Positive Thinking in a Dark Age
Essays on the Global Transition
by Jim Tull
Review by Carolyn Treadway
Even the title of this small book, Positive Thinking in a Dark Age, is a welcome invitation to move beyond catastrophic thinking into “seeing with new eyes.” Goodness knows we need to find the opportunities within these dark times to claim and act upon!
Jim Tull gifts readers with fourteen essays written separately over a period of years. Topics range from bullshit to Francis of Assisi to giving up on our world. Each of these short (6 to 15 page) but pithy essays gives us a great deal to think about. For this reviewer, reading them one at a time and pondering each essay individually before moving on to the next one was an effective way to engage with the author’s ideas.
While each essay is discrete, certain themes are addressed again and again. Several of these that impacted this reviewer most deeply included the life sustaining role of small communities, the importance of our perceptions and visions (of “seeing with new eyes”), and the imperative that our culture itself must change.
“Block Power” tells of the author’s radical project and process of getting to know his neighbors, bringing them together to resource each other and provide local community.
“Block Power” tells of the author’s radical project and process of getting to know his neighbors, bringing them together to resource each other and provide local community. This was radical in getting to the root of providing what people most want out of life, such as belonging, affirmation, and celebration, which are conducive to human contentment as well as ecological sustainability.
We humans have lived tribally for 99% of our time on Earth. Tribal economies are founded on the exchange of energy (giving and getting support), while our modern economy is founded on the exchange of products (making and getting products). What a difference! No wonder that countless people today feel so isolated and so vulnerable! To give and receive care, there is no substitute for community. For the sake of humanity’s survival, we need to transfer our faith and our reliance from the product system (back) to the communal support system. Yes! But how?
The author points out clearly that our culture is itself a system, the system that shapes and drives most of what we do. Our assumptions, understandings, perceptions, and visions either continue or change our culture and the ways it operates. We need to change our mindsets about ourselves and our world, and the ways we think about change itself. We now live within a consolidated global monoculture that is very different from the ways of thinking and living represented by cultures outside or on the margins of our (imperial) culture. Our ancient elders knew how to live in harmony with a sustainable world. But somehow we have forgotten their teachings and their example. A fundamental shift away from our current consolidated culture toward the community based culture lived by indigenous peoples is crucial in regaining sustainable culture that includes equality and dignity for all.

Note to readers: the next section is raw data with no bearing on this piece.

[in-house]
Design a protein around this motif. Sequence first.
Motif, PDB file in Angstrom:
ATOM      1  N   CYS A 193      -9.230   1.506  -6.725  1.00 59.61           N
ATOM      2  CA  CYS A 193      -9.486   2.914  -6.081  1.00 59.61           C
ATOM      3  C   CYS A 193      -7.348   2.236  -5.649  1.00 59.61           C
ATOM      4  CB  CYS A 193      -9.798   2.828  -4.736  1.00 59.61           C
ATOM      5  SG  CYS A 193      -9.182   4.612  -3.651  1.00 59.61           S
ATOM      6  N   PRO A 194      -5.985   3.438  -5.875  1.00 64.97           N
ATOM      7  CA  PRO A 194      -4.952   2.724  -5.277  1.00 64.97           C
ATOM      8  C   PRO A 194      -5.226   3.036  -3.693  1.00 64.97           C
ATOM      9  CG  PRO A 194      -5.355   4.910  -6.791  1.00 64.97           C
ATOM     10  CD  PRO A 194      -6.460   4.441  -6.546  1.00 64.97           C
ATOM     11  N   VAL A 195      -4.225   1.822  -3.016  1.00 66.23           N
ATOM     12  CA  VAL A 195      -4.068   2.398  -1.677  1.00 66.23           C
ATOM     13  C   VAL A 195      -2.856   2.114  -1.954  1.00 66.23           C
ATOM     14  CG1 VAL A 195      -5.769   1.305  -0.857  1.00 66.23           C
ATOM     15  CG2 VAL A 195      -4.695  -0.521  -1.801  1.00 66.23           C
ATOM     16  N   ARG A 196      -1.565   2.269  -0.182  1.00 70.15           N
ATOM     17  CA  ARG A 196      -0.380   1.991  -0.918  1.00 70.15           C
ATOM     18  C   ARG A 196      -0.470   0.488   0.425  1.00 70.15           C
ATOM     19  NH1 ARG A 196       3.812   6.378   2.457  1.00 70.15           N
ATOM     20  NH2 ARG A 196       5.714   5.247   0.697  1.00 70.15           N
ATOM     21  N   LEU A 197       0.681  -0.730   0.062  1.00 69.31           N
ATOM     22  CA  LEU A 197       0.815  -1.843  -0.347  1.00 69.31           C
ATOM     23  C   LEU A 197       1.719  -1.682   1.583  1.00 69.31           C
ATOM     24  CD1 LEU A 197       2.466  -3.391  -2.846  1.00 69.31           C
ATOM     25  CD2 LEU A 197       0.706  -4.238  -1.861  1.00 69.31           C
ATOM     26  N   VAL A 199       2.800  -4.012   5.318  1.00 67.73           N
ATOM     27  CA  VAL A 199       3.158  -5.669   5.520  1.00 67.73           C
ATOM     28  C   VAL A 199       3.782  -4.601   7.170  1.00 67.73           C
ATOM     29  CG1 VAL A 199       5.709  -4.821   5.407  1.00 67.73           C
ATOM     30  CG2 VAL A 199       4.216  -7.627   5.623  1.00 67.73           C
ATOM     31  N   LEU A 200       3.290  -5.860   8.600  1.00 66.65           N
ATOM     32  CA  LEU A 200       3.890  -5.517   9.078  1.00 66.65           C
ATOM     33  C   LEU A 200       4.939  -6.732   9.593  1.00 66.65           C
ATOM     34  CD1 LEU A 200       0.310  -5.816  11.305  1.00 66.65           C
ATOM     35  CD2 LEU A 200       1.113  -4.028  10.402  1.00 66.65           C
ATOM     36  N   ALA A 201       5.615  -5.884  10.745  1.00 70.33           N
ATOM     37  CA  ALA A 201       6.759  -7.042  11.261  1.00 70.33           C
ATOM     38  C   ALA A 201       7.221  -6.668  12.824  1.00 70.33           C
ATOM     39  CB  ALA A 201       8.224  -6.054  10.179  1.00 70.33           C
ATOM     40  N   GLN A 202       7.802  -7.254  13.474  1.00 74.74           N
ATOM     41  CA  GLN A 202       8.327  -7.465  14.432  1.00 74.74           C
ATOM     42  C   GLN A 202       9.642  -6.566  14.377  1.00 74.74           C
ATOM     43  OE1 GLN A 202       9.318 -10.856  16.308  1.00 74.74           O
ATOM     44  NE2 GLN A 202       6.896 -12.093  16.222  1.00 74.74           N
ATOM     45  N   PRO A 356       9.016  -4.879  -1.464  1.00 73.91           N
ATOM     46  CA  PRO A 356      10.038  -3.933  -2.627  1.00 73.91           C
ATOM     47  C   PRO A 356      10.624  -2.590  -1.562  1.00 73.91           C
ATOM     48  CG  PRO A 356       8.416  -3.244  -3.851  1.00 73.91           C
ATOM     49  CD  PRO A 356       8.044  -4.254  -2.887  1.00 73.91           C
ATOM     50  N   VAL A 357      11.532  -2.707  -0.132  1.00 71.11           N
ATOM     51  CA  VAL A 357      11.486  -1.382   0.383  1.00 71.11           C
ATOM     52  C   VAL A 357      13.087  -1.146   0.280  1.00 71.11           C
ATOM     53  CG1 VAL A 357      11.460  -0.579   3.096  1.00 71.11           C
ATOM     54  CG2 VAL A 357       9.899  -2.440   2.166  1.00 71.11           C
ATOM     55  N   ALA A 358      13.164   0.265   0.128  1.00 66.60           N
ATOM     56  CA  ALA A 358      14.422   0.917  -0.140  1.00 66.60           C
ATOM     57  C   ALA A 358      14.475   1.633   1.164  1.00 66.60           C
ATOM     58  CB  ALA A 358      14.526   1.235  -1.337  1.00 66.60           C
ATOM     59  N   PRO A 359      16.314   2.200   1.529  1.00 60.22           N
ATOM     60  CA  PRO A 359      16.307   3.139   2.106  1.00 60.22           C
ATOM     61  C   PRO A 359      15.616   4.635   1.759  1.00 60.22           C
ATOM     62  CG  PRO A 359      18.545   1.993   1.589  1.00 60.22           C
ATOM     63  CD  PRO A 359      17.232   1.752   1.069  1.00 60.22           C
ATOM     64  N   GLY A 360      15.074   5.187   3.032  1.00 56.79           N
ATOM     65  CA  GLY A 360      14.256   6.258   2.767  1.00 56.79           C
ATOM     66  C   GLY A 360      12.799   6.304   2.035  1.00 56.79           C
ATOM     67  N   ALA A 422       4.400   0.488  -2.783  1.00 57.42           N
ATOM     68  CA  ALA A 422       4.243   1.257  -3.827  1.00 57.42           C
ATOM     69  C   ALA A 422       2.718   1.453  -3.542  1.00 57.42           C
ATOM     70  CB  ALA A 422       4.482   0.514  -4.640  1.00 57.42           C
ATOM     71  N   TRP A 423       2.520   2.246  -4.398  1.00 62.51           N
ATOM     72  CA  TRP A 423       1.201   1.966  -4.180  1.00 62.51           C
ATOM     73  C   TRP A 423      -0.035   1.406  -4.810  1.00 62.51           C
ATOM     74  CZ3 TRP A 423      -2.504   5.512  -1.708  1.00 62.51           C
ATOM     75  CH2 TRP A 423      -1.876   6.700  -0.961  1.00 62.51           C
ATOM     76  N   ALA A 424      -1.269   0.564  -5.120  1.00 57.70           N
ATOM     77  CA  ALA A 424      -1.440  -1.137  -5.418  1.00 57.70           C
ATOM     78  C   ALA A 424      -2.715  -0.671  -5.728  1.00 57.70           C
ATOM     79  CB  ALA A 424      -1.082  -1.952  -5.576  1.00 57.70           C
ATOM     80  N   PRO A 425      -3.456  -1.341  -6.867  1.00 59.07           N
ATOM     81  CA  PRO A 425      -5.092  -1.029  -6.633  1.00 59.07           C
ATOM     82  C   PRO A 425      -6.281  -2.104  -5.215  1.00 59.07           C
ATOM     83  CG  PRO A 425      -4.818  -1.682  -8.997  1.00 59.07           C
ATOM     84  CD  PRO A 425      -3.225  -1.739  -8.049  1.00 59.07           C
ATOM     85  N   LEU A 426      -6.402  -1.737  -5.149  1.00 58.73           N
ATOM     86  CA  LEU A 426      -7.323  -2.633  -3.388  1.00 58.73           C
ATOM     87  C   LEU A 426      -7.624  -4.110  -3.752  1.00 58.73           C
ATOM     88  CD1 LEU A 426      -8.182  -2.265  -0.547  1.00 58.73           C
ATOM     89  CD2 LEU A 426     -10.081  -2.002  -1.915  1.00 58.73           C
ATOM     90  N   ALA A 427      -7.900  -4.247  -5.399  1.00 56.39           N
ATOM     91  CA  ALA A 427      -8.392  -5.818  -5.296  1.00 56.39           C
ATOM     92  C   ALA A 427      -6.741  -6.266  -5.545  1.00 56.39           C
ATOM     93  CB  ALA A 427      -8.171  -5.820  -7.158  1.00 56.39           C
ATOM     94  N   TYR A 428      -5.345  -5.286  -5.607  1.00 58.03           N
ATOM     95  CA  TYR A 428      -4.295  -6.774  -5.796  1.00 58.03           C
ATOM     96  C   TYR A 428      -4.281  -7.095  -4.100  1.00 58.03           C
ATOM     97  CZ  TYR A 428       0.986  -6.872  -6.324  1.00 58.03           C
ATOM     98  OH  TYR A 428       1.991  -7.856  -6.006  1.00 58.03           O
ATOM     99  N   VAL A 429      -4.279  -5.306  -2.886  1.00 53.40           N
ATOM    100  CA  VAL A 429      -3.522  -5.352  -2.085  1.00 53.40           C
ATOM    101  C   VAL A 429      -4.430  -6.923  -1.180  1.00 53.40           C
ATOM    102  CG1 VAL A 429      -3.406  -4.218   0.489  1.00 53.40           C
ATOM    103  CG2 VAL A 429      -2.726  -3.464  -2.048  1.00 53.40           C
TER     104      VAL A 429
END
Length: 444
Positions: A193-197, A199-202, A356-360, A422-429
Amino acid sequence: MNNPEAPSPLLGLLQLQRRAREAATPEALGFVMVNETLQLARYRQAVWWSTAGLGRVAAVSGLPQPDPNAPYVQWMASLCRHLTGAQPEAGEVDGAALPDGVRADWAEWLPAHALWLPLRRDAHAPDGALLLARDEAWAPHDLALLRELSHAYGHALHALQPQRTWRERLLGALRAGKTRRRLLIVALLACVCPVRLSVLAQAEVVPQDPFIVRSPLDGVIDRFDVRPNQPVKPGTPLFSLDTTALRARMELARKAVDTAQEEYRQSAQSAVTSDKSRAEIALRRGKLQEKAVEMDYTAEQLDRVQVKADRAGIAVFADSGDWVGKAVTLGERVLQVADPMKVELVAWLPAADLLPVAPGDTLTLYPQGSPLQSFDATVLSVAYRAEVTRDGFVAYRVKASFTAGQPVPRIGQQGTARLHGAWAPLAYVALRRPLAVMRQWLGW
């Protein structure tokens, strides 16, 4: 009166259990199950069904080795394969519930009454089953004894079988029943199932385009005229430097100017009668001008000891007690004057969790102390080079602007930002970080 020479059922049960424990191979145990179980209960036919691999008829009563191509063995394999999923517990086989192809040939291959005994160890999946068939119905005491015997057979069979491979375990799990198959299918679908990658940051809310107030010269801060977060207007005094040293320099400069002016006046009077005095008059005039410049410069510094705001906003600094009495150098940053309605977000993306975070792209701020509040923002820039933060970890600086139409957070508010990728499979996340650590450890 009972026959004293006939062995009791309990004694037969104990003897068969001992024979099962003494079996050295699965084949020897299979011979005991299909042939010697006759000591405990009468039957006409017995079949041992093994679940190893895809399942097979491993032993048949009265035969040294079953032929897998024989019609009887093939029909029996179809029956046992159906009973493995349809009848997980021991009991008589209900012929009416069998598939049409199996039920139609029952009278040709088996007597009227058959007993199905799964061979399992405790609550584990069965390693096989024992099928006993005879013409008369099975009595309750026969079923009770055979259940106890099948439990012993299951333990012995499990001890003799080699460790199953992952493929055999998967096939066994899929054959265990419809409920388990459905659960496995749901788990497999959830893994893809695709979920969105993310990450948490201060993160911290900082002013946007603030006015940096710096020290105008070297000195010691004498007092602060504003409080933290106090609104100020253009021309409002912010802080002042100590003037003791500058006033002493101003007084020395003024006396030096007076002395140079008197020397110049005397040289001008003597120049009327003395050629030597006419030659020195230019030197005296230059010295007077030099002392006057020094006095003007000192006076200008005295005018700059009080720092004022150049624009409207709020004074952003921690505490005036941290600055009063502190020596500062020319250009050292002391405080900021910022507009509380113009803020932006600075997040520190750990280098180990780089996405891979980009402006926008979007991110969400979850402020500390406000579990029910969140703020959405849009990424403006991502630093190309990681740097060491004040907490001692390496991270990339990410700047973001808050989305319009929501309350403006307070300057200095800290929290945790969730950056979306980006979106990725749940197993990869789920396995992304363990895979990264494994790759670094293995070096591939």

In today’s beleaguered world, where so many people spend inordinate amounts of energy just struggling to survive, others spend inordinate amounts of energy trying to change parts of our current cultural system—to change individuals, institutions, and so forth. The author powerfully invites us to a different paradigm, and a different way of being an agent of cultural transformation. He suggests that instead of continued tinkering with the current systems, perhaps it is time to defect from this culture, this civilization, and to walk away from the dominant systems we so depend upon now. Giving up on this world might be necessary for saving humanity (and other species), because our collective survival is on the line.
To quote the author, “What would it mean for us to make a fresh start, together? … It is time to love one another and also to get out. The call to love is also… a call to defect.”
There is a great deal to ponder and to act upon in these essays as we go forth. Thank you, Jim.
Jim Tull facilitates workshops on community building, cultural transformation, systems thinking, deep ecology, and Work that Reconnects retreats. He teaches Philosophy, Community Service and Global Studies at the Community College of RI, Providence College, and Rhode Island’s state prison. In 2015, Jim and a small group of friends founded Listening Tree Cooperative, a permaculture homestead community (www.listeningtree.coop). Jim served as the co-director of Amos House, a homeless shelter and soup kitchen on Providence’s south side. Jim is father to Sofia (b. 1991) and Nelson (b.1994).
Carolyn Wilbur Treadway is a psychotherapist, family therapist, pastoral counselor, and social worker, now retired after 55 years of facilitating change and growth in people’s lives. She continues her personal life/sustainability coaching practice, GraceFull Life Coaching, by phone or Skype. She “speaks for Earth” however she can—as a climate leader (trained by Al Gore and the Climate Reality Project since 2007), anti-nuclear activist, program presenter, writer, and photographer. Since the mid-1980s she has been part of the Work That Reconnects. With her husband Roy, she lives in Lacey, Washington. Their three children and four young grandchildren constantly fuel her motivation to preserve our precious Earth. Contact her at [email protected].